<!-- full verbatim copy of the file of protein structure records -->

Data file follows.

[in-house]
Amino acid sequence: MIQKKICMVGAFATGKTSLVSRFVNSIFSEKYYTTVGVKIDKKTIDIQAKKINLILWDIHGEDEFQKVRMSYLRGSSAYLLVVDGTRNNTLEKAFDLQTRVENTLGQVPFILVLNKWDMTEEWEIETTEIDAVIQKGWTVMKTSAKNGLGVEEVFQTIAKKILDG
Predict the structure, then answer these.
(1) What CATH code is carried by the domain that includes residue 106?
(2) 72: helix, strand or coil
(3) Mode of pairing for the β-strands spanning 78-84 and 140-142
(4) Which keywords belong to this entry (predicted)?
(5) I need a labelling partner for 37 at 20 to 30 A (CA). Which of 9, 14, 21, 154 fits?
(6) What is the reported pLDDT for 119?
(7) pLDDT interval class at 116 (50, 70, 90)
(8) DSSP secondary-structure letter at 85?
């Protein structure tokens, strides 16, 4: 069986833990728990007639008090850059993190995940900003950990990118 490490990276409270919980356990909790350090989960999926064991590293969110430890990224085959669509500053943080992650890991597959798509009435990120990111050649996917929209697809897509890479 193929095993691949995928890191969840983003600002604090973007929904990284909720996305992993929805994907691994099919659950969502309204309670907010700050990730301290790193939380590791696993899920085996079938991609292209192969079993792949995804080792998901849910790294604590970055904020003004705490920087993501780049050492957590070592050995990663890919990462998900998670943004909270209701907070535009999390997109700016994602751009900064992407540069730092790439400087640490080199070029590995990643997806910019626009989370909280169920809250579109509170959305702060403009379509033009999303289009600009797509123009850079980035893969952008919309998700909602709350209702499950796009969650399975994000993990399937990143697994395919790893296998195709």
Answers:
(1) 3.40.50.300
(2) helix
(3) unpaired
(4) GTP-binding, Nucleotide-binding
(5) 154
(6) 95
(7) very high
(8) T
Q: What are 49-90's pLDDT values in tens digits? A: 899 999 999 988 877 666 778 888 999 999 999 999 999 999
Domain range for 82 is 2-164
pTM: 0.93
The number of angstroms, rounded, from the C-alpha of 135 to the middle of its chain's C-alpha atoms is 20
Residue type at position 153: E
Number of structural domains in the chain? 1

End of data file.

[in-house]
Amino acid sequence: MIQKKICMVGAFATGKTSLVSRFVNSIFSEKYYTTVGVKIDKKTIDIQAKKINLILWDIHGEDEFQKVRMSYLRGSSAYLLVVDGTRNNTLEKAFDLQTRVENTLGQVPFILVLNKWDMTEEWEIETTEIDAVIQKGWTVMKTSAKNGLGVEEVFQTIAKKILDG
Predict the structure, then answer these.
(1) What CATH code is carried by the domain that includes residue 106?
(2) 72: helix, strand or coil
(3) Mode of pairing for the β-strands spanning 78-84 and 140-142
(4) Which keywords belong to this entry (predicted)?
(5) I need a labelling partner for 37 at 20 to 30 A (CA). Which of 9, 14, 21, 154 fits?
(6) What is the reported pLDDT for 119?
(7) pLDDT interval class at 116 (50, 70, 90)
(8) DSSP secondary-structure letter at 85?
């Protein structure tokens, strides 16, 4: 069986833990728990007639008090850059993190995940900003950990990118 490490990276409270919980356990909790350090989960999926064991590293969110430890990224085959669509500053943080992650890991597959798509009435990120990111050649996917929209697809897509890479 193929095993691949995928890191969840983003600002604090973007929904990284909720996305992993929805994907691994099919659950969502309204309670907010700050990730301290790193939380590791696993899920085996079938991609292209192969079993792949995804080792998901849910790294604590970055904020003004705490920087993501780049050492957590070592050995990663890919990462998900998670943004909270209701907070535009999390997109700016994602751009900064992407540069730092790439400087640490080199070029590995990643997806910019626009989370909280169920809250579109509170959305702060403009379509033009999303289009600009797509123009850079980035893969952008919309998700909602709350209702499950796009969650399975994000993990399937990143697994395919790893296998195709």
Answers:
(1) 3.40.50.300
(2) helix
(3) unpaired
(4) GTP-binding, Nucleotide-binding
(5) 154
(6) 95
(7) very high
(8) T
Q: What are 49-90's pLDDT values in tens digits? A: 899 999 999 988 877 666 778 888 999 999 999 999 999 999
Domain range for 82 is 2-164
pTM: 0.93
The number of angstroms, rounded, from the C-alpha of 135 to the middle of its chain's C-alpha atoms is 20
Residue type at position 153: E
Number of structural domains in the chain? 1